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Diving into dietary patterns can sometimes feel like exploring a maze. From vegan to dairy-free diets, choices are abundant, each with its unique rules and benefits. While both diets avoid dairy products like milk, cheese, and ice cream, they differ significantly in other aspects.
Essentially, vegans do not consume animal products, which naturally includes all dairy. However, being dairy-free does not mean avoiding other animal products like meat or eggs. Therefore, while all vegan diets are dairy-free, not all dairy-free diets are vegan.
So, vegan vs dairy-free: what’s the difference? Keep reading to find out!
Do Vegans Eat Dairy?
No, vegans do not eat dairy. The vegan diet strictly rejects all animal-derived products, including dairy, which is most commonly come from cows, sheep or goats. This stance stems from ethical concerns about the use of animals in the dairy industry and the associated environmental and health impacts. The process of obtaining this milk often involves practices vegans find ethically unacceptable, such as animal testing and the treatment of dairy animals.
If something is vegan, does that mean it’s also dairy-free?
Yes, if something is vegan, that means it’s also dairy-free! As mentioned, vegans avoid all animal products, and dairy is a product of animals. This means that vegan diets are inherently dairy-free.
If something is dairy-free, does that mean it’s also vegan?
No, if something is dairy-free, that does not necessarily mean it’s also vegan. A dairy-free label does not automatically exclude other animal products. For example, a person following a dairy-free diet might still consume meat, eggs, and honey. This could be due to food allergies, lactose intolerance, or other dietary preferences. Thus, while all vegan foods are inherently dairy-free, not all dairy-free foods are vegan.
Overlap of Vegan and Dairy-Free Diets
Both vegan and dairy-free diets eliminate dairy from their food choices. They both avoid all dairy products, including milk, butter, cheese, cream, and yogurt. People who follow either diet could choose to not eat dairy for varying reasons, from dietary-intolerances to ethical and environmental reasons. Dairy-free and vegan diets both encourage the use of plant-based products while choosing ingredients.
Foods That Are Both Vegan and Dairy-Free
There are indeed many food items that are both vegan and dairy-free, enabling those who choose to follow both dietary approaches plenty of variety in their meals.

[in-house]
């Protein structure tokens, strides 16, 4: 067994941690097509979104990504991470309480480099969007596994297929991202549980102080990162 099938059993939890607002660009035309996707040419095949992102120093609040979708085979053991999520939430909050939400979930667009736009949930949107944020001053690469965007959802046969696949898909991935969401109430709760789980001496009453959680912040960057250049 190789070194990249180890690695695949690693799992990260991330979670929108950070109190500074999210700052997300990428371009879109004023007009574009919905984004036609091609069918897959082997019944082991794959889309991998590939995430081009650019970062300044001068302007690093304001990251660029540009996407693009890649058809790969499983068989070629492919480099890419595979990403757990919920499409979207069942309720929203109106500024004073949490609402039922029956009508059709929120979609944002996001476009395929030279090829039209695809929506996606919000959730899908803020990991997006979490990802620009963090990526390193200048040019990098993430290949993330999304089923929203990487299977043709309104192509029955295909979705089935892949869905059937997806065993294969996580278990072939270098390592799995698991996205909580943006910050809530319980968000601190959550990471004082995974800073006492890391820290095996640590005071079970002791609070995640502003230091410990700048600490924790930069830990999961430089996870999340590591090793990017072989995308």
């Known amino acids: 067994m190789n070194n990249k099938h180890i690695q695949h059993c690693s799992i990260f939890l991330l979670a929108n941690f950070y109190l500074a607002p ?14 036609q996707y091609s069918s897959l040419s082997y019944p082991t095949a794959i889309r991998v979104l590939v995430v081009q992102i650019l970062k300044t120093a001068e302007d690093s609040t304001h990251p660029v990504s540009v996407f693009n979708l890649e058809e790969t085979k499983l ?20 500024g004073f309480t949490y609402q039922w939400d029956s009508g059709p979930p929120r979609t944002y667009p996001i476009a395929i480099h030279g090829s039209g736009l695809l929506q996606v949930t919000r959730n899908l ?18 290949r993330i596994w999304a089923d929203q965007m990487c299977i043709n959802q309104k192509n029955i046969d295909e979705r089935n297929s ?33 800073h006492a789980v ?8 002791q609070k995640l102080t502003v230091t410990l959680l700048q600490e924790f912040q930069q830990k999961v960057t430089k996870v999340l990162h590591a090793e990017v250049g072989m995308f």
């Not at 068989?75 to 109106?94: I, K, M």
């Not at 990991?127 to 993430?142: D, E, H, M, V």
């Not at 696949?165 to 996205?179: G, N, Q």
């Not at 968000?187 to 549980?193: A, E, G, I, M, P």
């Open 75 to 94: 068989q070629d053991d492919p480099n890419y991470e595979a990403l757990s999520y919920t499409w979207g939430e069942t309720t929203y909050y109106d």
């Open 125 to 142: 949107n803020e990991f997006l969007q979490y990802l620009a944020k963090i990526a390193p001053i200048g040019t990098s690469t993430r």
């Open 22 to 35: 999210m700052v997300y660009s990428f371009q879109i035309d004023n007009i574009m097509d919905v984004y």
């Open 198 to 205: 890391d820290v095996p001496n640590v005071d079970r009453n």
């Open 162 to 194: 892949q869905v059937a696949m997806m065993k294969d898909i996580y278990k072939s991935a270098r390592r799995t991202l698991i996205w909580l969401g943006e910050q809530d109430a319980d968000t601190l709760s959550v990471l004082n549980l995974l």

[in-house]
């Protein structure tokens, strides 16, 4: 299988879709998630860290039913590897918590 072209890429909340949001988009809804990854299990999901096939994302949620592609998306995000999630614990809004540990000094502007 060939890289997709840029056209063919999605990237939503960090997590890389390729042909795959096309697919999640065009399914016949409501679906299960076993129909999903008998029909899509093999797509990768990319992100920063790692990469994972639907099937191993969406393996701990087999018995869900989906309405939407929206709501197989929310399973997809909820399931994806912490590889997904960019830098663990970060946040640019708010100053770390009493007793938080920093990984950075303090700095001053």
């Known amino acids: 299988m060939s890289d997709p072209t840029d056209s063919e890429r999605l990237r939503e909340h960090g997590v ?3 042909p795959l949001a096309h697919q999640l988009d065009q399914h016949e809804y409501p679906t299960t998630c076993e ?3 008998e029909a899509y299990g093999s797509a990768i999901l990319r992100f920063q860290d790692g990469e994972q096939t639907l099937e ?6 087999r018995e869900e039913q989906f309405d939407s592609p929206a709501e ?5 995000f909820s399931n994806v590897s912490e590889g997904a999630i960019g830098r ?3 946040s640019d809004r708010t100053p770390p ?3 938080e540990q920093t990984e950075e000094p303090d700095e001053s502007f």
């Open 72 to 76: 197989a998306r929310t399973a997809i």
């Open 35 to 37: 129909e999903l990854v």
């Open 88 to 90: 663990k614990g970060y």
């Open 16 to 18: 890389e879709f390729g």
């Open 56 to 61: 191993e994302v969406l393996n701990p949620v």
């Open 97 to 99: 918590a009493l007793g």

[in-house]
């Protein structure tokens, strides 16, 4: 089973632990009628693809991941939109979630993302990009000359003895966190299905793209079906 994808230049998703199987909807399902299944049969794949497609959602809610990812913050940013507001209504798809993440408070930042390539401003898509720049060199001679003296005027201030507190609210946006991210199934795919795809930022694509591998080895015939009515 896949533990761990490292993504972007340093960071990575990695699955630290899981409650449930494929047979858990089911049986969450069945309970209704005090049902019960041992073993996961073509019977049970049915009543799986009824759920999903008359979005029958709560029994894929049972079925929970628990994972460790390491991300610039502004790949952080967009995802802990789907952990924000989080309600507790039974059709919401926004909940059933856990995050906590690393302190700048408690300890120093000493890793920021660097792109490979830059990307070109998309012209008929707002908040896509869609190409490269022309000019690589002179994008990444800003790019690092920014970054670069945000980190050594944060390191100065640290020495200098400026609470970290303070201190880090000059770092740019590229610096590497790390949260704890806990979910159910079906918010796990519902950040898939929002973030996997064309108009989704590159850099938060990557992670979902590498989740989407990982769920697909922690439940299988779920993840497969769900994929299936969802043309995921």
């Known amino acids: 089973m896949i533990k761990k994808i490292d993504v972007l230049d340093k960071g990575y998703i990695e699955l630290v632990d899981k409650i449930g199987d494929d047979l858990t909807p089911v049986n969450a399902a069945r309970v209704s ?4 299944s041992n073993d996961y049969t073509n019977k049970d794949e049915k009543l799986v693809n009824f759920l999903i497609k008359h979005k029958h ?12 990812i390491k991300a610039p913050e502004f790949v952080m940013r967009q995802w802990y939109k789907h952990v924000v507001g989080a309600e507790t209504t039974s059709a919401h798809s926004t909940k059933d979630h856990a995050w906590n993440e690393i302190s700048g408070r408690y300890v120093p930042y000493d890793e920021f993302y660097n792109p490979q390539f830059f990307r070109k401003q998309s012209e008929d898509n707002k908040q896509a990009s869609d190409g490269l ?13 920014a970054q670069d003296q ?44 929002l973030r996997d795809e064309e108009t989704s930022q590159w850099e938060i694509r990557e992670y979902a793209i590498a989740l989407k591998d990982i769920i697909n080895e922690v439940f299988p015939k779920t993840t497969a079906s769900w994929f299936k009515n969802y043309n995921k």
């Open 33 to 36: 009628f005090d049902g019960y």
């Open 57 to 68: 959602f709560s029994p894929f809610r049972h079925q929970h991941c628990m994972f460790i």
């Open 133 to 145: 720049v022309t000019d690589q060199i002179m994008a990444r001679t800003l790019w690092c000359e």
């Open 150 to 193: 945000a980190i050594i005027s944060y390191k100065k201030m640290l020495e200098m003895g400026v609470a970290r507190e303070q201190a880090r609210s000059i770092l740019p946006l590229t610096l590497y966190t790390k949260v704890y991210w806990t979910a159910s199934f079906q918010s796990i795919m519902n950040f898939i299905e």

These foods, inherently plant-based, are free of animal-derived dairy products.
Vegetables are naturally both vegan and dairy-free. They provide essential nutrients without violating vegan or dairy-free principles. Be aware of pre-packaged or canned vegetables that might contain sauces or seasonings that aren’t vegan or dairy-free.
Leafy greens like spinach, kale, and collard are vegan and dairy-free. They are rich in vitamins, minerals, and fiber, which benefit overall health. When buying pre-packaged salads, be cautious, as dressings can contain hidden animal-derived or dairy-containing ingredients.
All fruits are vegan and dairy-free. From apples and oranges to berries and bananas, fruits are a fantastic source of vitamins and dietary fiber. Be careful with processed or canned fruits, as they can have additives or syrups that might not align with a vegan or dairy-free diet.
Beans & Legumes
Beans and legumes are a staple in many vegan diets due to their high protein content. They’re also dairy-free, making them an excellent food choice for those following both diets. Examples include lentils, chickpeas, black beans, and peas.
Nuts & Seeds
Nuts and seeds are nutrient-dense foods that are both vegan and dairy-free. They provide healthy fats, fiber, and plant-based protein. Some examples include almonds, cashews, flaxseeds, and chia seeds.
Tofu, made from soybean curds, is a vegan protein source that’s also naturally dairy-free. It’s versatile and can be used in a variety of dishes.
All rice varieties, including brown, white, and wild rice, are naturally vegan and dairy-free. It’s a versatile food item that can be included in numerous dishes. Like other foods, beware of flavored or instant versions containing non-vegan or dairy-containing additives.
All whole grain varieties naturally vegan and dairy-free. It’s a versatile food item that can be included in numerous dishes. Like other foods, beware of flavored or instant versions containing non-vegan or dairy-containing additives.
Plant-based oils like olive oil, canola oil, and peanut oil are both vegan and dairy-free. Use them freely in dishes, from a staple ingredient, to using just a touch to get the perfect crisp on your dish.
Plant-based milk such as coconut milk, almond milk, oat milk and soy milk are all vegan and dairy-free!
Understanding Dairy-Free Diets
As the name suggests, the dairy-free diet avoids all products derived from animal milk. This includes obvious items like milk, cheese, yogurt, ice cream, and butter, but also less apparent foods containing dairy ingredients, such as many breads, biscuits, chocolates, and even some chips.